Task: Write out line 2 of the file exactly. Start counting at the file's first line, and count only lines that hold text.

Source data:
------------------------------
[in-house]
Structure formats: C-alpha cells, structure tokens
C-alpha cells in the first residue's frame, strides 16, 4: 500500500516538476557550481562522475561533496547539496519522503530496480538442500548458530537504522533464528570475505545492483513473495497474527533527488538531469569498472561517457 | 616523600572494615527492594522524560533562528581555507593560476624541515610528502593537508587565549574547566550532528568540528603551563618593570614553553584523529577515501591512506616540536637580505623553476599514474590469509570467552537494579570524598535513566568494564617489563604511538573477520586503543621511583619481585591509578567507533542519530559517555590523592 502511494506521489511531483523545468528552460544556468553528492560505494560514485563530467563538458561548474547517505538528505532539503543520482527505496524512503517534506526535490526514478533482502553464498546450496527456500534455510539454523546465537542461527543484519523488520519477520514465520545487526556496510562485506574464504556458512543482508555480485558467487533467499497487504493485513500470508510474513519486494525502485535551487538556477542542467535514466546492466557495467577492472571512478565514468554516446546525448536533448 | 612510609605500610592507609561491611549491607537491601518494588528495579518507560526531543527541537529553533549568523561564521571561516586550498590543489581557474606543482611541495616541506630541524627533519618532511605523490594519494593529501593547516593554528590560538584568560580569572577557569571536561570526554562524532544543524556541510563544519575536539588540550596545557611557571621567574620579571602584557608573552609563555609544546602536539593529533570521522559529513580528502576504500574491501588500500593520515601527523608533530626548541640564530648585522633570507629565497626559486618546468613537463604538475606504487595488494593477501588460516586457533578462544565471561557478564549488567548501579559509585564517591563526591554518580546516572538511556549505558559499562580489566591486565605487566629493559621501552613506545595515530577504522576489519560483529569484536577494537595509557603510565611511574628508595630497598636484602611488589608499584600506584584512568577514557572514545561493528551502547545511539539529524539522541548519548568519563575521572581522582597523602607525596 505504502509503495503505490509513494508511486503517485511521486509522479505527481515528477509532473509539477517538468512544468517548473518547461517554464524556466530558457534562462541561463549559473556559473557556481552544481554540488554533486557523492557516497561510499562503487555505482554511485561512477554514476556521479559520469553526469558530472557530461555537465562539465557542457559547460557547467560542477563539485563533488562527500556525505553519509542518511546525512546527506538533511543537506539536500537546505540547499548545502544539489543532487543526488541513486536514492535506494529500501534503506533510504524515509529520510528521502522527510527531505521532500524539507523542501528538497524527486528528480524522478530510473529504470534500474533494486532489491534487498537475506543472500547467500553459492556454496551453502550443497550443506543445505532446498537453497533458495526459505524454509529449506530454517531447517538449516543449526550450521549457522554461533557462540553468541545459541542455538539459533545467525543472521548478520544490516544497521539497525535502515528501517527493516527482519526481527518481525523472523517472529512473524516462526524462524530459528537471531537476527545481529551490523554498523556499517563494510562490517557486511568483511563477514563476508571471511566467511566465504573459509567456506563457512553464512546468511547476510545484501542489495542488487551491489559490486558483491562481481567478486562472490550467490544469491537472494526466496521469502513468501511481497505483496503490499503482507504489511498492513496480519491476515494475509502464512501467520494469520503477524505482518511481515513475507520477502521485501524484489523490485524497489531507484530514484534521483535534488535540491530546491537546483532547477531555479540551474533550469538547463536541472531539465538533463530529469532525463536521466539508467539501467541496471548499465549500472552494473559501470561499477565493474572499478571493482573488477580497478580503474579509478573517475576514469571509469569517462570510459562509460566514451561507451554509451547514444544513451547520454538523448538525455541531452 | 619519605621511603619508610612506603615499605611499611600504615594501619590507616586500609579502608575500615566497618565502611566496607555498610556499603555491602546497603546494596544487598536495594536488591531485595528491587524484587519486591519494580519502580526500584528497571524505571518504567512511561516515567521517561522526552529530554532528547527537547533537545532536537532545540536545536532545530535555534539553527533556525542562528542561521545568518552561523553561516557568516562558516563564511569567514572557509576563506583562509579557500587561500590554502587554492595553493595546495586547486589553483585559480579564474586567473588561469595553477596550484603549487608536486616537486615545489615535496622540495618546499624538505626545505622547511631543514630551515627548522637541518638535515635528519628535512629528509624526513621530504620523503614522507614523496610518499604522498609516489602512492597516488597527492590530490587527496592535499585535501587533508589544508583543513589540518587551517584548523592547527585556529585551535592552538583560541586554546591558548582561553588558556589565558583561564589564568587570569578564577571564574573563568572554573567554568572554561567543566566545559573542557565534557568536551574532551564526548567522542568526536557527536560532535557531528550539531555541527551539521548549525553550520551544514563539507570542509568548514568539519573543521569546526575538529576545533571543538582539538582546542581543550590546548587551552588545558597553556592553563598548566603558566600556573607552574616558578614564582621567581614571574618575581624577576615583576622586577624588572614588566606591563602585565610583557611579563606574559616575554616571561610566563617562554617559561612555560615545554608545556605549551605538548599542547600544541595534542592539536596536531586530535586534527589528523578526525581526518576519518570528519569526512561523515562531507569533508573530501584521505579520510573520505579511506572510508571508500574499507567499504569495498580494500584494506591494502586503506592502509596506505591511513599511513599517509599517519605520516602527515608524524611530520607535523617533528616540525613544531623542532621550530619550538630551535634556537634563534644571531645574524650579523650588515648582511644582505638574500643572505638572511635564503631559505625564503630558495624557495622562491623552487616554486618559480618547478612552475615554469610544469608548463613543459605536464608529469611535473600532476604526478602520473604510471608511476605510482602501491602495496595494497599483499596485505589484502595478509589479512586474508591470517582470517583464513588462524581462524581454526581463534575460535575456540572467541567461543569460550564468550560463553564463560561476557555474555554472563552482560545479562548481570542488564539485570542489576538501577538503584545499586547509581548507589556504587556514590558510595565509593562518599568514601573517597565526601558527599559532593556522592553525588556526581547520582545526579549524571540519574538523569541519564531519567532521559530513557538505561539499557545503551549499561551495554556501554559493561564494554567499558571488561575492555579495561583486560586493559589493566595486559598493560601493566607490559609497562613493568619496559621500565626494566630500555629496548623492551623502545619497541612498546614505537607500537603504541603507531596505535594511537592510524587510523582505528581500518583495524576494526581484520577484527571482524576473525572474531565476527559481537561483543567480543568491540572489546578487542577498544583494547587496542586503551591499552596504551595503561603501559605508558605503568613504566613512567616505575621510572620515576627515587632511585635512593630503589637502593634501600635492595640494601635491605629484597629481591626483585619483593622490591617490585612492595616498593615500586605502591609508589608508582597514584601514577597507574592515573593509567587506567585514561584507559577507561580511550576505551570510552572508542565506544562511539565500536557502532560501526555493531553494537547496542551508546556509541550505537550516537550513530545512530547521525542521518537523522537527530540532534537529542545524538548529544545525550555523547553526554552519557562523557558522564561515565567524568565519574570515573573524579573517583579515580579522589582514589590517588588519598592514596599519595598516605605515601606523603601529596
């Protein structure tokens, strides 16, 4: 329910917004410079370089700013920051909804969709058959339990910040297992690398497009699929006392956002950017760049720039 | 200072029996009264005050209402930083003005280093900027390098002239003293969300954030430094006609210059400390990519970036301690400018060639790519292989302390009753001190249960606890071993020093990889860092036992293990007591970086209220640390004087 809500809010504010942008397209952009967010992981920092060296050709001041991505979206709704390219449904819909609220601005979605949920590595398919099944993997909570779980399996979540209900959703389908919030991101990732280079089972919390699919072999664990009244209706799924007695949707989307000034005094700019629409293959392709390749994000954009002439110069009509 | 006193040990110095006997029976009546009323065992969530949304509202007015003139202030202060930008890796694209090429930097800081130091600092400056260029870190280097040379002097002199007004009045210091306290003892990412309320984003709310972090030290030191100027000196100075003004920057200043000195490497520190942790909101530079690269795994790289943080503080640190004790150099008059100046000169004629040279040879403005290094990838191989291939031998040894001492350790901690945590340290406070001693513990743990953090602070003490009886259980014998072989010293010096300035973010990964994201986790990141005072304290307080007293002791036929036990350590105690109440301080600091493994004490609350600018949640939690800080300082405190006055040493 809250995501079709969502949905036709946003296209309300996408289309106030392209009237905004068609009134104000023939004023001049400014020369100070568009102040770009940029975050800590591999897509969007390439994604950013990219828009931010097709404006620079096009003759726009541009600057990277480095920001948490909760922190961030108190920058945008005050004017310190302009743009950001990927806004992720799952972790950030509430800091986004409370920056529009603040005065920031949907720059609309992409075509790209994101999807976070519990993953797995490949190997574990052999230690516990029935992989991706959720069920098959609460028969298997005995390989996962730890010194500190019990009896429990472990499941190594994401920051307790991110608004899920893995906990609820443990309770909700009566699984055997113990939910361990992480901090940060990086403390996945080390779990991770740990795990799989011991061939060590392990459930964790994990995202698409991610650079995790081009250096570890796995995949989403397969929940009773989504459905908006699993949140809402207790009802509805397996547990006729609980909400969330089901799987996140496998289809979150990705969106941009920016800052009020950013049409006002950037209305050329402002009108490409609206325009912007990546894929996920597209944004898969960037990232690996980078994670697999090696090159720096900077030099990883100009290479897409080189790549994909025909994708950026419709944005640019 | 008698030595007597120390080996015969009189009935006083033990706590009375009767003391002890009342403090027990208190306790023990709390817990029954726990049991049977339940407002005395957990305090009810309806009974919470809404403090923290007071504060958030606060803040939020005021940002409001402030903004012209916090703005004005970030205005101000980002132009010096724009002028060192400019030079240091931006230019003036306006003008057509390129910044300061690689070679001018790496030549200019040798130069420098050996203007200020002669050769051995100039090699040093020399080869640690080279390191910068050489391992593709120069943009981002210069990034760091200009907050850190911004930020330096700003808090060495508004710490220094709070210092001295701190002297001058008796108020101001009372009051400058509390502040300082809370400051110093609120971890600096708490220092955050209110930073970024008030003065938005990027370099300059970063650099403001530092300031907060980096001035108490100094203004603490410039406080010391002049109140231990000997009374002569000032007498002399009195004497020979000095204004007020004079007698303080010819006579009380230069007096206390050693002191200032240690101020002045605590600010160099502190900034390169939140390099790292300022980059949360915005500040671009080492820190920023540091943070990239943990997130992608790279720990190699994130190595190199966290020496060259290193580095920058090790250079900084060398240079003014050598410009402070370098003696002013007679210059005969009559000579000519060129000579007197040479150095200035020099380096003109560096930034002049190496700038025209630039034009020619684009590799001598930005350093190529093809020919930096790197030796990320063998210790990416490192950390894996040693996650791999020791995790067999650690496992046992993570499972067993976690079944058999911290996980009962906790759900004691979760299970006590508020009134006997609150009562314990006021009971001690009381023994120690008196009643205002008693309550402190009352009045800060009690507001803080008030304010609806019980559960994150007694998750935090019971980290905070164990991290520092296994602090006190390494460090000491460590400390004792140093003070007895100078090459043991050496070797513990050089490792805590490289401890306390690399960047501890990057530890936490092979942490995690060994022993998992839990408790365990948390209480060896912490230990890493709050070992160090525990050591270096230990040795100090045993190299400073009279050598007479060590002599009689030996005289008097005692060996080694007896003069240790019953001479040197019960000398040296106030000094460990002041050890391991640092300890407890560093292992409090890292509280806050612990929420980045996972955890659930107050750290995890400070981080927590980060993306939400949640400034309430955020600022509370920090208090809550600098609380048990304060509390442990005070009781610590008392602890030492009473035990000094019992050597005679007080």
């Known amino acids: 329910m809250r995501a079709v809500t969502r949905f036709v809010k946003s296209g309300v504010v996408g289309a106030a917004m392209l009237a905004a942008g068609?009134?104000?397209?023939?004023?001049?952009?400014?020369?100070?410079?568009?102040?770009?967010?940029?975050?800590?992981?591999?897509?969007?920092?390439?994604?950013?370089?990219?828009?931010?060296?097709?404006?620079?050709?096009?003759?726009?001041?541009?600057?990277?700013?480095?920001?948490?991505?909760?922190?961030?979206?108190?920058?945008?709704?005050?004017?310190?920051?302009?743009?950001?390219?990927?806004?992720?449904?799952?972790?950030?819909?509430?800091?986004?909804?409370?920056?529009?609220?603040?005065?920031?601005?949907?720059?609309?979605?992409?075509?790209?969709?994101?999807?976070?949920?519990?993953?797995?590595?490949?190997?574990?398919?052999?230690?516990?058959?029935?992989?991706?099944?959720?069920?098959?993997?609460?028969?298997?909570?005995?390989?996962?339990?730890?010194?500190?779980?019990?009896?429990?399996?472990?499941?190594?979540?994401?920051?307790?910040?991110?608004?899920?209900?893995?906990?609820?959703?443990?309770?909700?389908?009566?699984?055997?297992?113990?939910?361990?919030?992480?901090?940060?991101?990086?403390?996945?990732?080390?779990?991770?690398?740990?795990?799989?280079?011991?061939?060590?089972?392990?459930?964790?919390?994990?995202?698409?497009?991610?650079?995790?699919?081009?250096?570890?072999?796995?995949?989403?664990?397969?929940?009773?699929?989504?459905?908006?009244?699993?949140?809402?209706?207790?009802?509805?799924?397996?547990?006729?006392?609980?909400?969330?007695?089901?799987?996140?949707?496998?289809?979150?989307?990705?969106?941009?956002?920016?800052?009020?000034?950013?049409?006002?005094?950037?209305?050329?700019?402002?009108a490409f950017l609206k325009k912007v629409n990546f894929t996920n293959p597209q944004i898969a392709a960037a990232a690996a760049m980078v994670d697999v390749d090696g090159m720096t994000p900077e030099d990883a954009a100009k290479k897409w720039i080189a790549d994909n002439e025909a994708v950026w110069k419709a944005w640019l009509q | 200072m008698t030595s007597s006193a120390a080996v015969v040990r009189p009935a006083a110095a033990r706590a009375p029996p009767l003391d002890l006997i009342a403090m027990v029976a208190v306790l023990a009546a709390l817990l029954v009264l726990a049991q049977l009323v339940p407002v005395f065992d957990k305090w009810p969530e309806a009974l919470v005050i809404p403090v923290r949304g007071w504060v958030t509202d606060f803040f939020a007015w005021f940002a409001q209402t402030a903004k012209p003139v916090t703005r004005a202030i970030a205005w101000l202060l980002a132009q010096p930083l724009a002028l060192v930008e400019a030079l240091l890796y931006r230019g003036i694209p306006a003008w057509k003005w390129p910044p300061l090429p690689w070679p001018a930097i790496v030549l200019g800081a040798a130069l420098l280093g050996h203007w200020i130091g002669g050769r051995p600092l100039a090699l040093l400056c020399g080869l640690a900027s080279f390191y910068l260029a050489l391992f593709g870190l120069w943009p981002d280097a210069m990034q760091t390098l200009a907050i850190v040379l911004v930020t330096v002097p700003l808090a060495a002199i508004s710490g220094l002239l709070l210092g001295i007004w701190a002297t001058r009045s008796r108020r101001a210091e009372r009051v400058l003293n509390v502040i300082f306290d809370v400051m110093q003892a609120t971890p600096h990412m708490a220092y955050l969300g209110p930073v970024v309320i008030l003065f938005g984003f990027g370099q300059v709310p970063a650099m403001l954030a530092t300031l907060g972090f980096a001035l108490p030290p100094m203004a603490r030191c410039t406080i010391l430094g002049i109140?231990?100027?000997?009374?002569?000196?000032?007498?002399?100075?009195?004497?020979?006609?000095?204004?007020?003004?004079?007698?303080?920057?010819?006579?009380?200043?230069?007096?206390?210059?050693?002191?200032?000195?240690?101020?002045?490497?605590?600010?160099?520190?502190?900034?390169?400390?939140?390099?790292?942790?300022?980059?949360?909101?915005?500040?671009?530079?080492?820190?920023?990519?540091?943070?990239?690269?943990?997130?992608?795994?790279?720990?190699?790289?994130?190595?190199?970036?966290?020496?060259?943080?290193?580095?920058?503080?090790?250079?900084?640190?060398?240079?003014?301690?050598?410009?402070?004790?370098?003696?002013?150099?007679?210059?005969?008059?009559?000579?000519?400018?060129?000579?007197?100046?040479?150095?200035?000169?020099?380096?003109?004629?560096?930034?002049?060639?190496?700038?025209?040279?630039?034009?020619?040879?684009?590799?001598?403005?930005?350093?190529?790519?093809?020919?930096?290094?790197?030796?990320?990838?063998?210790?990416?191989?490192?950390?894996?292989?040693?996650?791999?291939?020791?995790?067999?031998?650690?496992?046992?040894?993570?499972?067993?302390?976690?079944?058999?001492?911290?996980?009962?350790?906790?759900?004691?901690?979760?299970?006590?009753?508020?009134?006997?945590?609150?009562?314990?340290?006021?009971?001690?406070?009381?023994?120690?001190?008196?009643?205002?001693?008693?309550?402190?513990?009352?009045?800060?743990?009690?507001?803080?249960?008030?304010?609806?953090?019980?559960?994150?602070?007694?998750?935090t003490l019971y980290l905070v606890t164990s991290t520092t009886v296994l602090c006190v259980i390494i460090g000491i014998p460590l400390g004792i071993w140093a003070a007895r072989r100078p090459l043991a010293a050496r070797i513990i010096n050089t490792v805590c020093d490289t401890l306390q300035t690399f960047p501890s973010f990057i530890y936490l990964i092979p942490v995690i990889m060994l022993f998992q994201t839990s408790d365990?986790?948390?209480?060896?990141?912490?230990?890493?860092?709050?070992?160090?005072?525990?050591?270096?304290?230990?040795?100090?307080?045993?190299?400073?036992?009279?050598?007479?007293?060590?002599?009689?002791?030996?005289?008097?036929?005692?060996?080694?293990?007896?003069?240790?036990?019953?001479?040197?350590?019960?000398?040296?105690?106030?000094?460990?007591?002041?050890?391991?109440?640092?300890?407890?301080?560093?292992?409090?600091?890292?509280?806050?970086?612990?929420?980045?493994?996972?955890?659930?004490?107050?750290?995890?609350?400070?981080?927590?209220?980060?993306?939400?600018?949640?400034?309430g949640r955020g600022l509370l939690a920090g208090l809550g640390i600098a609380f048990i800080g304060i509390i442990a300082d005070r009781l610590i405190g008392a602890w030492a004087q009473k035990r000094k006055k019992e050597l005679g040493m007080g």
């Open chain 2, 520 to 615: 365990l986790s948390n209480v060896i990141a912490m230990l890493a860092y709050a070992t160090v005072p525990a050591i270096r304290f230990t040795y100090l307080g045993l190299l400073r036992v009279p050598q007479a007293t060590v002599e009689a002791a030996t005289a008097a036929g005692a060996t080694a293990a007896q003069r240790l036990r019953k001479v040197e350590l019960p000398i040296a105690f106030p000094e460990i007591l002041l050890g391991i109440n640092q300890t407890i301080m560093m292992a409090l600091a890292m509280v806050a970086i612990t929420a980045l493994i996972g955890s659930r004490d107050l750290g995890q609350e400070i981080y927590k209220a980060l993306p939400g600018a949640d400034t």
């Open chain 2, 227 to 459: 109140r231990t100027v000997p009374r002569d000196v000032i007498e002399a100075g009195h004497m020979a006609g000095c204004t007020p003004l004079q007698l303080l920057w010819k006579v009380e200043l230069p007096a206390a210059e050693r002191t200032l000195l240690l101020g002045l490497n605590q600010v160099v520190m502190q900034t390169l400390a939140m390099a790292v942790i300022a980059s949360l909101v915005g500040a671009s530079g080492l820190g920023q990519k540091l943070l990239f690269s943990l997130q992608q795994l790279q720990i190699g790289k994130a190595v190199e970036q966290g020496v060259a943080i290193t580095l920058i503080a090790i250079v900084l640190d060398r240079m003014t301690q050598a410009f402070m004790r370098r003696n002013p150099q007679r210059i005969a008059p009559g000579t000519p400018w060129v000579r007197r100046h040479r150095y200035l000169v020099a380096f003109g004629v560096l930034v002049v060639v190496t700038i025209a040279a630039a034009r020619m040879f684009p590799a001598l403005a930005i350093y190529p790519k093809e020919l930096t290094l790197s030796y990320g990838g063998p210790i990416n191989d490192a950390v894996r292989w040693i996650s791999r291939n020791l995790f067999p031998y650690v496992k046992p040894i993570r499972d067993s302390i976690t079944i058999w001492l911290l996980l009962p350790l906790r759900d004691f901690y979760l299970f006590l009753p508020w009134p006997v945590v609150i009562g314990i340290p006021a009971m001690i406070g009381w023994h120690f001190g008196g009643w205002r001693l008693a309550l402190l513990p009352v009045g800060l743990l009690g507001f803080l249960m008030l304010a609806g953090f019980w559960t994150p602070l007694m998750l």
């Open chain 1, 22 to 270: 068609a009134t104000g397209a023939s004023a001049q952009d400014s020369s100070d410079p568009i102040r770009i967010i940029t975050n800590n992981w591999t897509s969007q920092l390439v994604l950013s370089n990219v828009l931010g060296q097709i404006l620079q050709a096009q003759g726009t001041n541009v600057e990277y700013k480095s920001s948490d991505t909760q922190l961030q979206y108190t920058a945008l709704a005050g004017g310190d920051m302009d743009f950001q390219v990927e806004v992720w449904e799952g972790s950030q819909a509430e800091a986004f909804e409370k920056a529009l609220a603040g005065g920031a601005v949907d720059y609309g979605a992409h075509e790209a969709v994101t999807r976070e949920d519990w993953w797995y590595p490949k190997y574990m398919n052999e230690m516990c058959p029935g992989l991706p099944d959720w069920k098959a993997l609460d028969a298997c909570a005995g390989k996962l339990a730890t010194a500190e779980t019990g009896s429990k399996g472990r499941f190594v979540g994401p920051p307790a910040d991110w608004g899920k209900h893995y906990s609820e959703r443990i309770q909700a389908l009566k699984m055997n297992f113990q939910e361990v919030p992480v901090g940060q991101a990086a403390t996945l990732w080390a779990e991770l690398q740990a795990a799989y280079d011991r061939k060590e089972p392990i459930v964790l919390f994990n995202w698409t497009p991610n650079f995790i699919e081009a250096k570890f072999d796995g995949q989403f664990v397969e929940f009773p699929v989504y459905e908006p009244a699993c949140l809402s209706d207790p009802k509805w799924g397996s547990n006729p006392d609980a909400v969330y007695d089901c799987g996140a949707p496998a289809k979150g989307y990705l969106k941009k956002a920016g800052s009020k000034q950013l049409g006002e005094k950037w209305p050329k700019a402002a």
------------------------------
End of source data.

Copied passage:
Structure formats: C-alpha cells, structure tokens